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A reconstruction of sexual modes throughout animal evolution

BMC Evolutionary BiologyBMC series – open, inclusive and trusted201717:242

https://doi.org/10.1186/s12862-017-1071-3

Received: 6 April 2017

Accepted: 15 November 2017

Published: 6 December 2017

Abstract

Background

Although most extant animals have separate sexes, simultaneous hermaphrodites can be found in lineages throughout the animal kingdom. However, the sexual modes of key ancestral nodes including the last common ancestor (LCA) of all animals remain unclear. Without these data, it is difficult to infer the reproductive-state transitions that occurred early in animal evolution, and thus a broad understanding of the evolution of animal reproduction remains elusive. In this study, we use a composite phylogeny from four previously published studies, two alternative topologies (ctenophores or sponges as sister to the rest of animals), and multiple phylogenetic approaches to conduct the most extensive analysis to date of the evolution of animal sexual modes.

Results

Our analyses clarify the sexual mode of many ancestral animal nodes and allow for sound inferences of modal transitions that have occurred in animal history. Our results also indicate that the transition from separate sexes to hermaphroditism has been more common in animal history than the reverse.

Conclusions

These results provide the most complete view of the evolution of animal sexual modes to date and provide a framework for future inquiries into the correlation of these transitions with genes, behaviors, and physiology. These results also suggest that mutations promoting hermaphroditism have historically been more likely to invade gonochoristic populations than vice versa.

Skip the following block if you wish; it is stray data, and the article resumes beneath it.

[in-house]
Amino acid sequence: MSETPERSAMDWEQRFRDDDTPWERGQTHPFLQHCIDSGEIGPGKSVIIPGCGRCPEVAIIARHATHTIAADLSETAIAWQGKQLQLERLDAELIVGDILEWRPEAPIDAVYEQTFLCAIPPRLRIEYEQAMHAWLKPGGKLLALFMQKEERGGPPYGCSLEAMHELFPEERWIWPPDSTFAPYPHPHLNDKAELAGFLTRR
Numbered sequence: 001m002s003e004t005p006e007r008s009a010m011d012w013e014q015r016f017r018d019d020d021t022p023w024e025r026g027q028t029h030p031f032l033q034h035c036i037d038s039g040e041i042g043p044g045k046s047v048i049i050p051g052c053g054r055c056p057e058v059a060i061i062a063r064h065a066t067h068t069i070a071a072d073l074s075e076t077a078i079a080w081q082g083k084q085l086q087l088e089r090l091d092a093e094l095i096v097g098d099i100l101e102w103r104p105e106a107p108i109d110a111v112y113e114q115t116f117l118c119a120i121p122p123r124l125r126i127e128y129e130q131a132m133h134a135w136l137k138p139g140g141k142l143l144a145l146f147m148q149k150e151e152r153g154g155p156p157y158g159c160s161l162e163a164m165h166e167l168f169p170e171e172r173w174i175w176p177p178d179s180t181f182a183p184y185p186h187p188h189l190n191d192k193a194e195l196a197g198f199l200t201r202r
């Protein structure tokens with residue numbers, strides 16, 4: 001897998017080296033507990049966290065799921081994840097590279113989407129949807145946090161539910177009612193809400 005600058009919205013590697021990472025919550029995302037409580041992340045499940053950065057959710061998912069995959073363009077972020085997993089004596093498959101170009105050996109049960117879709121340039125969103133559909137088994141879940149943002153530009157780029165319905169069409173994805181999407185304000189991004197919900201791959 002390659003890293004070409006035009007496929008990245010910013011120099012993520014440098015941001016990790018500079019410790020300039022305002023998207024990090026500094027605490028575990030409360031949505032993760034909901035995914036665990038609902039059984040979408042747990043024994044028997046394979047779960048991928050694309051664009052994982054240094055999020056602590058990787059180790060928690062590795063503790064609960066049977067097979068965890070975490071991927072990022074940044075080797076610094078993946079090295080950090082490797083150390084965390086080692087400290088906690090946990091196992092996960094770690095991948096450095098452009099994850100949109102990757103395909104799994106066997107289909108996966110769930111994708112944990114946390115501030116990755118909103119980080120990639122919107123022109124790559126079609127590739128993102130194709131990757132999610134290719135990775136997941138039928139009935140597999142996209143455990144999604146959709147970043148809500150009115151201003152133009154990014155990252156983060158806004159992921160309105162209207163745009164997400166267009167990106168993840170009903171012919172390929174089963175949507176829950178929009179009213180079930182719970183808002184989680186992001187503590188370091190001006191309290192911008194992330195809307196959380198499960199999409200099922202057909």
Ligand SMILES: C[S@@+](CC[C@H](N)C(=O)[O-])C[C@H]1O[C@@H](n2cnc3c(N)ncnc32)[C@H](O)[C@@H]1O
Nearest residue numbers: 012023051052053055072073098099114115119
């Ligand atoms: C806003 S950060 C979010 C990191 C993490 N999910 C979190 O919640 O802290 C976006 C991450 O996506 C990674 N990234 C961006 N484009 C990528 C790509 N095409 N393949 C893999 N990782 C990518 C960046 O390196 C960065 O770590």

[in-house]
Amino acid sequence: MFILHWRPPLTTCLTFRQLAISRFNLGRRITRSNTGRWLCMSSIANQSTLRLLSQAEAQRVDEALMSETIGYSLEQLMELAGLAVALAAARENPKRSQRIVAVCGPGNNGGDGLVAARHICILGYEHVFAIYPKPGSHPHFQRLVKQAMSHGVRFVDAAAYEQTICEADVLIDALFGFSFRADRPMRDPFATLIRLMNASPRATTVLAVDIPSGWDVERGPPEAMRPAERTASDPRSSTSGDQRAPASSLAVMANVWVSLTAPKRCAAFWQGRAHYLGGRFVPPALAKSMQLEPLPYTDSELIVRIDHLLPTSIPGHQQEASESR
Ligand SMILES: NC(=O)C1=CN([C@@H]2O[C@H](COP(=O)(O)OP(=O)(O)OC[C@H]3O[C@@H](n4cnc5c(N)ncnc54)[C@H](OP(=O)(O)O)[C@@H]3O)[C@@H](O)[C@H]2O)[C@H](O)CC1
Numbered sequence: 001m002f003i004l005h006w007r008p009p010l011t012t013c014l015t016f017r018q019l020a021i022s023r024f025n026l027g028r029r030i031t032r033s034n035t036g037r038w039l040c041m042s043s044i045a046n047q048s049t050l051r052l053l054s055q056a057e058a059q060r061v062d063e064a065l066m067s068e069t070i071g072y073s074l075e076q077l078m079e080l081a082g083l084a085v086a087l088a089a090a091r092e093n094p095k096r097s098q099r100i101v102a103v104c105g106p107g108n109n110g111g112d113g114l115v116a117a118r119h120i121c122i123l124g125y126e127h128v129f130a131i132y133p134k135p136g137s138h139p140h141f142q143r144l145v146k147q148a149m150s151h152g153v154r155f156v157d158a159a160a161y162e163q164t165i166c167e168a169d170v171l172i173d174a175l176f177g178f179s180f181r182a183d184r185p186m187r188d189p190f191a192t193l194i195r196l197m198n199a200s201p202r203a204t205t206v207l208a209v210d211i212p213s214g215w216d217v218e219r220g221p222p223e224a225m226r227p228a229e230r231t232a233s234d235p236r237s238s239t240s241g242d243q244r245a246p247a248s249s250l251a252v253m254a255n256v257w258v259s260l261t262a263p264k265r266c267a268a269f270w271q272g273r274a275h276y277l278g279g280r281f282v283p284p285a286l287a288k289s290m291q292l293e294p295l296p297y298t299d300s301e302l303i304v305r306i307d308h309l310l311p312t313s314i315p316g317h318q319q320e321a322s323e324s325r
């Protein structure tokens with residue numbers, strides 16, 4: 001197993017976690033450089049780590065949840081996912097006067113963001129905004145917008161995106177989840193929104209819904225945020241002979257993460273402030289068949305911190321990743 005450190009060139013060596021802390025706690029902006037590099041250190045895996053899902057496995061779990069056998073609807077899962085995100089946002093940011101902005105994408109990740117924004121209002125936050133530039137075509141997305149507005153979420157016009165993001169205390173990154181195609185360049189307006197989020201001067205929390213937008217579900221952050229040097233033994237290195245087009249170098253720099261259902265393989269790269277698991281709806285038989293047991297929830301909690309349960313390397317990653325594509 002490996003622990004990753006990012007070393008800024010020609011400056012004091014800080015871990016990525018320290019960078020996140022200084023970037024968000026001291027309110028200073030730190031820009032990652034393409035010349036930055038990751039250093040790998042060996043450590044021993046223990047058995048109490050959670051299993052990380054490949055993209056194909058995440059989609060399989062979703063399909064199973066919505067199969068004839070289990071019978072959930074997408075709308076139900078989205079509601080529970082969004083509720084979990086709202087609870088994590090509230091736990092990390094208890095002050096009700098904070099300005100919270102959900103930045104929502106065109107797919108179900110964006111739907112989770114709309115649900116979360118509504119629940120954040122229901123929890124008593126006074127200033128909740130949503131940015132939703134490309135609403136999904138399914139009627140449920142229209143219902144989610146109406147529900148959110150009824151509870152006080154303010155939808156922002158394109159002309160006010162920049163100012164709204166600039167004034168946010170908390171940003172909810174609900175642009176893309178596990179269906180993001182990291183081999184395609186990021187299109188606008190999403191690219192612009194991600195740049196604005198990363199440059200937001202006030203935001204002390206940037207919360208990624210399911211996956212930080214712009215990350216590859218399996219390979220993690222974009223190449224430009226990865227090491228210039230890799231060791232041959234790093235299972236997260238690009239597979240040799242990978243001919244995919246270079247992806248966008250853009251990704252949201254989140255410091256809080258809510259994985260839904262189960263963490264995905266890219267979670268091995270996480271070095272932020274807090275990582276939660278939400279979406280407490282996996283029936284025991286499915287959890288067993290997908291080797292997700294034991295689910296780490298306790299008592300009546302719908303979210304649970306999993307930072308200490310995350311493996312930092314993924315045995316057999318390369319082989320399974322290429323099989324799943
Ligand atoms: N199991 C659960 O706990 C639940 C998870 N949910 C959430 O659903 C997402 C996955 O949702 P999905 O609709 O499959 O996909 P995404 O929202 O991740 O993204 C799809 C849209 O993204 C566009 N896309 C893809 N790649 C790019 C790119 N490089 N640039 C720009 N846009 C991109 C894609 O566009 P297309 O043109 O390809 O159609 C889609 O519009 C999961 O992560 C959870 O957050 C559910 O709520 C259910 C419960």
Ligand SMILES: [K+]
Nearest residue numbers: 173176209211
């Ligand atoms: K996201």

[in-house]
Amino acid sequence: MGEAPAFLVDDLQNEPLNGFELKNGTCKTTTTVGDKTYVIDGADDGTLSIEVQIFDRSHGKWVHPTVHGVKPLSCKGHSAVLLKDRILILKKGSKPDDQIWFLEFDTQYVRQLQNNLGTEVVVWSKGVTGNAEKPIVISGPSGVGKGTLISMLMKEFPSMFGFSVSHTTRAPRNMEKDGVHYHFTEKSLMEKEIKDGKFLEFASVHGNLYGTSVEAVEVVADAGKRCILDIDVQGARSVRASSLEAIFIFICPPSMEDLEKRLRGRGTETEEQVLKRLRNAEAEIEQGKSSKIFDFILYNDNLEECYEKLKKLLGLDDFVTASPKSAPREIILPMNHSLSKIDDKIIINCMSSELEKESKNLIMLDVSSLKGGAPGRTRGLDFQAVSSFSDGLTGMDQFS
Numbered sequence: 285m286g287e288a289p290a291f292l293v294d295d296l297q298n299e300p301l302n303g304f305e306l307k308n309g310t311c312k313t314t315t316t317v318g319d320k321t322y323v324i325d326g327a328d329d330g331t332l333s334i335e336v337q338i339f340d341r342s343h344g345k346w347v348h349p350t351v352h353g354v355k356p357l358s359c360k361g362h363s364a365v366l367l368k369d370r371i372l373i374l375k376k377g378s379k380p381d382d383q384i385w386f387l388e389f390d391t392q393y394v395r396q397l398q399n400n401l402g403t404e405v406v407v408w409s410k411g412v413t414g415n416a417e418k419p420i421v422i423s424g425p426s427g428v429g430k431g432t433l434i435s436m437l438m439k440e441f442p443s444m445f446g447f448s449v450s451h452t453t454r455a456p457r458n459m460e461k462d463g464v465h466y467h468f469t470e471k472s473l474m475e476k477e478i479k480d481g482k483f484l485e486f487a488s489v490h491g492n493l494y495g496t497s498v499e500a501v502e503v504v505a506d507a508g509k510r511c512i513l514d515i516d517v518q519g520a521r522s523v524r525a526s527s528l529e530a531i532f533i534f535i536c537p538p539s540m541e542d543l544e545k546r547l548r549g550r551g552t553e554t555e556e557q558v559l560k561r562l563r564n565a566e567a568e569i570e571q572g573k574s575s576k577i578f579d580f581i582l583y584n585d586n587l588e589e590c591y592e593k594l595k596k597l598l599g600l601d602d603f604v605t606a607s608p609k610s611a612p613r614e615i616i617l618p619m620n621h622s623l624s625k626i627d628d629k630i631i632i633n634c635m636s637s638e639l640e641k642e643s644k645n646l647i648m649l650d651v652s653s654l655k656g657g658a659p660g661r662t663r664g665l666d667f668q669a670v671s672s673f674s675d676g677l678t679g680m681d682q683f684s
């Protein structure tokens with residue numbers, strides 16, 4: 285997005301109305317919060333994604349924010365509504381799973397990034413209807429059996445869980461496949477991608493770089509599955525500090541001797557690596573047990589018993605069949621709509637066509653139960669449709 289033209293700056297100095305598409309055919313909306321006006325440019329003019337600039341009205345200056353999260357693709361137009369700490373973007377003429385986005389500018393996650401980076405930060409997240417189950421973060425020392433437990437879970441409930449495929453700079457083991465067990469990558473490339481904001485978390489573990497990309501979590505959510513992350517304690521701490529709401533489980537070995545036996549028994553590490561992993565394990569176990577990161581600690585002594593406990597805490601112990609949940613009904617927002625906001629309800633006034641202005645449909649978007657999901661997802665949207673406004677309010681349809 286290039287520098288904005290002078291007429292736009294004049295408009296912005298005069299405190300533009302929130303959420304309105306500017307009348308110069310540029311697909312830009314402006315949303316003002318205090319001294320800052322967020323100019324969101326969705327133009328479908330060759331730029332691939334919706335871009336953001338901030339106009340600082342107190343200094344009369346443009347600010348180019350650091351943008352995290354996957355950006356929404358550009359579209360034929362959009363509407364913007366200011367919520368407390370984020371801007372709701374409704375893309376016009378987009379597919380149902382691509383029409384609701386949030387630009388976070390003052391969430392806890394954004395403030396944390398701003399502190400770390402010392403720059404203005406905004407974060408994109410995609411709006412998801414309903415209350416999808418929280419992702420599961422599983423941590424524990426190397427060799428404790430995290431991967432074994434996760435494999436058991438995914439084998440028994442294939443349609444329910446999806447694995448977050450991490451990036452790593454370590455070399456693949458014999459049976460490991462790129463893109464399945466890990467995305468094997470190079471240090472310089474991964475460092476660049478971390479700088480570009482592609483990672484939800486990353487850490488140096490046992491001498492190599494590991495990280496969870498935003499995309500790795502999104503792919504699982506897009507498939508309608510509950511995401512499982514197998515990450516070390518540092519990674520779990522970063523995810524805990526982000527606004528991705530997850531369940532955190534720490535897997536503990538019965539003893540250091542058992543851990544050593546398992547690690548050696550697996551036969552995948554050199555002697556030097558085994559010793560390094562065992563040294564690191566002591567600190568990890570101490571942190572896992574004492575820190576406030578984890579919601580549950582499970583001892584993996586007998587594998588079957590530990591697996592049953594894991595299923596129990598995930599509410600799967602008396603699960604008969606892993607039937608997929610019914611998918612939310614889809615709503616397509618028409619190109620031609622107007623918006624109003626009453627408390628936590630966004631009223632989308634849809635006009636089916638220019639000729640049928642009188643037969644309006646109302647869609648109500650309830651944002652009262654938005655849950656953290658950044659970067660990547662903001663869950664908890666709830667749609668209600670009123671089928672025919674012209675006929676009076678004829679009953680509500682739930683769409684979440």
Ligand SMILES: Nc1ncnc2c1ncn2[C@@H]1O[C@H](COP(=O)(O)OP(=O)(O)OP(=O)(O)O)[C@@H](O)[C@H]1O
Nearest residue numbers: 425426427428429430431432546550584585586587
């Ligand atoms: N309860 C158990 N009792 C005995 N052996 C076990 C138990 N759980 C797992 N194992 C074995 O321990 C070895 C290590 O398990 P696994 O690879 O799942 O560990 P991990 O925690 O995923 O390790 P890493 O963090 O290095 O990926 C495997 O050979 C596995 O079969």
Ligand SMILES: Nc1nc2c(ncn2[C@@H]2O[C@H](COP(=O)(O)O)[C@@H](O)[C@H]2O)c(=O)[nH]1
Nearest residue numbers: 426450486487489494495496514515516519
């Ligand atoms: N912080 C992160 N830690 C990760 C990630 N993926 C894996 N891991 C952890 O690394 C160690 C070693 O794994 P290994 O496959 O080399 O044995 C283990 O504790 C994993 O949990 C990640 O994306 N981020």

Keywords

HermaphroditismGonochorismAncestral state reconstructionSexual modeReproduction

Background

How and why animals transition between simultaneously hermaphroditic (concurrently male and female) and gonochoristic (separate sexes) sexual modes are among the most fascinating questions in animal evolution. While the majority of animals are gonochoristic, hermaphroditism is estimated to occur in 5–6% of animal species (and almost one-third of non-insect species), with over 70% of animal phyla containing at least one hermaphroditic species [1]. Given the phylogenetic spread of these characters, it is likely that the evolution of gonochorism from hermaphroditism or vice versa has occurred many times throughout evolution. However, only a very few studies have attempted to identify these transitions e.g., [2], and the ancestral sexual mode of many major animal lineages remains unclear. These transitions are important evolutionary events with the condition of separate sexes giving rise to some of the most elaborate morphological and behavioral traits in animals [3] and simultaneous hermaphroditism leading to a range of unique behavioral and physiological adaptions e.g., [46].